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St. Ninian was out walking with a brother of the religious house of Candida Casa. At a certain spot they halted, opened their Psalters, and began to read. While thus employed a mountain-shower came suddenly on, but it wetted them not. The air formed around them into a protecting vault, and not a drop fell through. But presently St. Ninian lifted his eyes from the page, and a light thought, cogitatio illicita, crossing his mind, the rain fell both upon him and his book. His companion, seeing this, conjectured the cause, and gently expostulated with Ninian, who, recollecting himself, blushed, recovered his attention, and forthwith the rain ceased to wet him. St. Ninian died at Candida Casa, and was buried there. It is pleasant to have anything that can remind us of our good countryman long since at rest in the heavenly kingdom, and there is still a bell called Clog-rinny, or Bell of St. Ninian, rude enough to be the very bell that rung the brethren of Candida Casa to their prayers,1 and many churches, holy wells, and caves, still bear the name of Ninian, or Ringan, as the apostle of the southern Picts is often called. The site of Candida Casa is still pointed out, and this, our earliest ecclesiastical establishment, became the See of Galloway. Throughout the middle ages St. Ninian's famous shrine was a favourite place of pilgrimage, and for many years after his death devout persons came from all parts of Scotland, and even over from Ireland, to say their prayers to Almighty God at it. We had many communications with the great Irish Church in these early centuries; and before leaving the remotest period of the history of Christianity in this country it is well to know the story of St. Patrick, the patron saint of Ireland, as told by himself in the work called his 'Confession.' It may be read as a fair specimen of the career of many another mis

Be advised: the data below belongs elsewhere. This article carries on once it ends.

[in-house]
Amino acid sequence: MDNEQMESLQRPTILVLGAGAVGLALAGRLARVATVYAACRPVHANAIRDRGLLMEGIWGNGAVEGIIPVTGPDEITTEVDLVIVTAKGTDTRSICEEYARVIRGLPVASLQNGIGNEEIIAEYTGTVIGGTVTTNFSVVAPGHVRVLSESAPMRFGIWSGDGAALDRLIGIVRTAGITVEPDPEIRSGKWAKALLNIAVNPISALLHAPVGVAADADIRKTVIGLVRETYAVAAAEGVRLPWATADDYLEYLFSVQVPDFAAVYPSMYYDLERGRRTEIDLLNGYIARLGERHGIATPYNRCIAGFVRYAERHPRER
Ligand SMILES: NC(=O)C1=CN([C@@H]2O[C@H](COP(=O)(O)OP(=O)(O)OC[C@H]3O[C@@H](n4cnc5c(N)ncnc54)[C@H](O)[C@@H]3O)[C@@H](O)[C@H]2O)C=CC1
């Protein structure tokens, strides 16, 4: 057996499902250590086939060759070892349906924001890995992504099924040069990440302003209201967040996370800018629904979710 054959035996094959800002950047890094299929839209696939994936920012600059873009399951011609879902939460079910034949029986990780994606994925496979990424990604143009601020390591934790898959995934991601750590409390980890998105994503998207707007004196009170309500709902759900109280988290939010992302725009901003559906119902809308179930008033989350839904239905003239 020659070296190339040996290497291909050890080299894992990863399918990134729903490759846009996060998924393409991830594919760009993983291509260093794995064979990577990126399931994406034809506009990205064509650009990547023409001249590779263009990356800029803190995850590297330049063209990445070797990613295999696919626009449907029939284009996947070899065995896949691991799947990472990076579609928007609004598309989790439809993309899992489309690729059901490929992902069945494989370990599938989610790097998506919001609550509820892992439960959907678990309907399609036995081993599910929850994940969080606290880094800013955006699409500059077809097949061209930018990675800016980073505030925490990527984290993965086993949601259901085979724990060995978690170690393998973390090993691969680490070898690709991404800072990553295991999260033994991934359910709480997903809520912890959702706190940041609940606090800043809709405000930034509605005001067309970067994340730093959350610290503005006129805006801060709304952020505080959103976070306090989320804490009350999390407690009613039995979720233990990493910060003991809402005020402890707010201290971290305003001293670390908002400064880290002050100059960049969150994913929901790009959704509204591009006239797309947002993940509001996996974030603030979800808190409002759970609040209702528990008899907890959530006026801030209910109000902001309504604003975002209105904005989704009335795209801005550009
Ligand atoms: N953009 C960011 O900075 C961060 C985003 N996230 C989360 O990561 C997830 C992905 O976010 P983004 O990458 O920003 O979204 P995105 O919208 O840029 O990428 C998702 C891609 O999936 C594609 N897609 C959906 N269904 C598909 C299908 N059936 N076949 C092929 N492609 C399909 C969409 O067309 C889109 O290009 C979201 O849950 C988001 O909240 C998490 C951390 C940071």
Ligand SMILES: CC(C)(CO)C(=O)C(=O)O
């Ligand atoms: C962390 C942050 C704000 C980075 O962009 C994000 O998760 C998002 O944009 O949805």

1 See Archaology and Prehistoric Annals of Scotland, by Dr. D. Wilson, p. 660.

sionary among the Celtic tr1bes. He was born at the end of the fourth century, or early in the fifth, at Nemthur, a place which is supposed to answer to Alcluyd, the capital of the Cumbrian kingdom, now Dumbarton, on the Firth of Clyde.